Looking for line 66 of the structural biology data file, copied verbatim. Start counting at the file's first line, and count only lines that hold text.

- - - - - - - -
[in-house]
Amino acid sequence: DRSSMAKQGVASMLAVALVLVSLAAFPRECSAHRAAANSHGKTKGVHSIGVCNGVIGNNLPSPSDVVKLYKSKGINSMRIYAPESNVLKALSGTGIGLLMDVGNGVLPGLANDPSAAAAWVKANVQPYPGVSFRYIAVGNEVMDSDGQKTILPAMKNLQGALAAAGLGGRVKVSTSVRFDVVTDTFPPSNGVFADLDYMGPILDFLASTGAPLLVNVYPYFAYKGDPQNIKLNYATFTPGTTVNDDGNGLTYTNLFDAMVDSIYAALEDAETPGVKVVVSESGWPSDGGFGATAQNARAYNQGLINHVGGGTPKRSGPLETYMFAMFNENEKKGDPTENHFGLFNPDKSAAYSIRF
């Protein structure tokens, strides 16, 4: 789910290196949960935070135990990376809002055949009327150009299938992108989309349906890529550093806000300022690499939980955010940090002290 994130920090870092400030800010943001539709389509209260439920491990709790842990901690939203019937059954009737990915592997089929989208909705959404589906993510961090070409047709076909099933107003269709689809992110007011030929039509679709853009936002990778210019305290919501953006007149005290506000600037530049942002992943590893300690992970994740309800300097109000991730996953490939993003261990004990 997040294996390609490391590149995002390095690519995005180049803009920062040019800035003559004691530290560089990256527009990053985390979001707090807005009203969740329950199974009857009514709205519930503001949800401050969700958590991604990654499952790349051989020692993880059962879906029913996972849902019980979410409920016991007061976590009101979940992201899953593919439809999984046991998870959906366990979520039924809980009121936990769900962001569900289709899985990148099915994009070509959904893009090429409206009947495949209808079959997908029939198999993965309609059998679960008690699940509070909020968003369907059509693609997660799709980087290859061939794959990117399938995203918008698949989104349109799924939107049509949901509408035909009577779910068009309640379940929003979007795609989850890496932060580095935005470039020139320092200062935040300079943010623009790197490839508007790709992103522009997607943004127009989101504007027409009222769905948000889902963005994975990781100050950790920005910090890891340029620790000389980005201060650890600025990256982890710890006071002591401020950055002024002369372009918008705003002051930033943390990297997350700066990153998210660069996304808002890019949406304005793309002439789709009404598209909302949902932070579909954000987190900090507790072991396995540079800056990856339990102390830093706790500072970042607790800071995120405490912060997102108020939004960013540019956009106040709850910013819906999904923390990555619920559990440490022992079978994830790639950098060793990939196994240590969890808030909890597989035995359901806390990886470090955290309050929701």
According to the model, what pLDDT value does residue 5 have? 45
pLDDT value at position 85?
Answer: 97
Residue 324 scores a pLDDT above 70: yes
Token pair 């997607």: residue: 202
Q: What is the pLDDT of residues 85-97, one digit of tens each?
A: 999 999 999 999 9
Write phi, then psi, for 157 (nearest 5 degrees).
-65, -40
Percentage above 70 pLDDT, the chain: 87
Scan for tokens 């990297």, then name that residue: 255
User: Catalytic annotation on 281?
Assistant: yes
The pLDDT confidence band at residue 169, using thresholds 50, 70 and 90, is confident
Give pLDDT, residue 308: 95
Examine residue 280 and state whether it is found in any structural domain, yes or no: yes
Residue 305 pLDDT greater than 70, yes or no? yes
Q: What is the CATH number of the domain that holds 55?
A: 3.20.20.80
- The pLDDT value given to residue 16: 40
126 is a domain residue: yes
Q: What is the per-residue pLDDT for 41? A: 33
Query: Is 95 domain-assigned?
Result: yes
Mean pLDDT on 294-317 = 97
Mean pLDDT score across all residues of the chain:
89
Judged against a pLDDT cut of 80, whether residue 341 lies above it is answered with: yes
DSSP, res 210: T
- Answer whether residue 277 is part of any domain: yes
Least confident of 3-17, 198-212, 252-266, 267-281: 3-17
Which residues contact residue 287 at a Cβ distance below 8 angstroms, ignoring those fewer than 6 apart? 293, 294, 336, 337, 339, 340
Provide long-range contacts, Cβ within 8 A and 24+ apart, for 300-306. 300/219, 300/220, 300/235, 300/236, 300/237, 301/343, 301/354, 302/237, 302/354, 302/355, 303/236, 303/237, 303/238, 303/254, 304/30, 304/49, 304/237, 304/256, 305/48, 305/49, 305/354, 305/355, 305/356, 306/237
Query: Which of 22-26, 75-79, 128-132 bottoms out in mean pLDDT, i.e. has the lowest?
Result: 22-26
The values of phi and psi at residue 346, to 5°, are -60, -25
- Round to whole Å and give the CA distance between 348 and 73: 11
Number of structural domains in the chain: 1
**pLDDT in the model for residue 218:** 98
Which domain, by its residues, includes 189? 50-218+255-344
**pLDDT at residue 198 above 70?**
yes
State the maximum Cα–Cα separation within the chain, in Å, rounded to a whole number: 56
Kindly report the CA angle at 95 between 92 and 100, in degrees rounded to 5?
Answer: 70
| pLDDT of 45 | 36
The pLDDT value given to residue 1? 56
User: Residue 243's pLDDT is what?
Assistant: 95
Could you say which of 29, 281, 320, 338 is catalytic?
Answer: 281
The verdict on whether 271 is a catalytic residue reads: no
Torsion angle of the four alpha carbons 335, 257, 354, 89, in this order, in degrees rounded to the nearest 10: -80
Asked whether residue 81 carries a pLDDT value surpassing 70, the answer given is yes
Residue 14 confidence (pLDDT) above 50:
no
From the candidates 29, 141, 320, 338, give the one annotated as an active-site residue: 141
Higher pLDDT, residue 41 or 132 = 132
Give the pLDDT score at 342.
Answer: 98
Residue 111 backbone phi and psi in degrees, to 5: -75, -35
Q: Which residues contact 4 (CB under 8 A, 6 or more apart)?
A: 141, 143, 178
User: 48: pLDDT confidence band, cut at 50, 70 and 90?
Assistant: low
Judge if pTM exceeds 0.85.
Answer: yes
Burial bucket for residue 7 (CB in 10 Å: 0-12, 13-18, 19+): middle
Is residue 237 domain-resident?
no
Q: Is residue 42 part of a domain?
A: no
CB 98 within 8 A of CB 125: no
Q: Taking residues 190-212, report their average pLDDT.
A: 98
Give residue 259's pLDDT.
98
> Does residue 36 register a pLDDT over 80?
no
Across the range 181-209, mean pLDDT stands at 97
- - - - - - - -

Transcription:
A: 141, 143, 178